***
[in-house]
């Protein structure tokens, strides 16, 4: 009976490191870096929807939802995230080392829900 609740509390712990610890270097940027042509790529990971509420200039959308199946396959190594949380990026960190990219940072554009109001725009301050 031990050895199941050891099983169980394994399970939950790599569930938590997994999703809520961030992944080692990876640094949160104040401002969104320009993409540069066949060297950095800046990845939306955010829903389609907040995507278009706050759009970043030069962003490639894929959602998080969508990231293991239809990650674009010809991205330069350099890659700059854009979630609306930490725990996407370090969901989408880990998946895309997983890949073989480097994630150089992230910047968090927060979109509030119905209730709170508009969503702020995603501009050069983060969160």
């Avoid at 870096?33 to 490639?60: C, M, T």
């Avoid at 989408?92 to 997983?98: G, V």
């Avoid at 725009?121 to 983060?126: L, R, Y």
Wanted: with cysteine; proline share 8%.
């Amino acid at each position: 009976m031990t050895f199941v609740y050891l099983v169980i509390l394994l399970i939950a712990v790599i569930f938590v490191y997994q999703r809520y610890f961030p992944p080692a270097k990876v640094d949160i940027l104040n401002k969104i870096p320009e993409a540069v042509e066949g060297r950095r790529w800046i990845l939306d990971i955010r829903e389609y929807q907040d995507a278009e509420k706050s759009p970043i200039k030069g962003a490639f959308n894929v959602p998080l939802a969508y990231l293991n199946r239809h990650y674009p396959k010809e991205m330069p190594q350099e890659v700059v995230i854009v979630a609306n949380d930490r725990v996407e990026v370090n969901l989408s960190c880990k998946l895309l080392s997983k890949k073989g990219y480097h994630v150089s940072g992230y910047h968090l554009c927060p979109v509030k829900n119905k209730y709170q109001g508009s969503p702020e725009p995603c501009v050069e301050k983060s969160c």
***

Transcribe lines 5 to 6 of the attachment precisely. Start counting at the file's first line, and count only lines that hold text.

């Avoid at 725009?121 to 983060?126: L, R, Y």
Wanted: with cysteine; proline share 8%.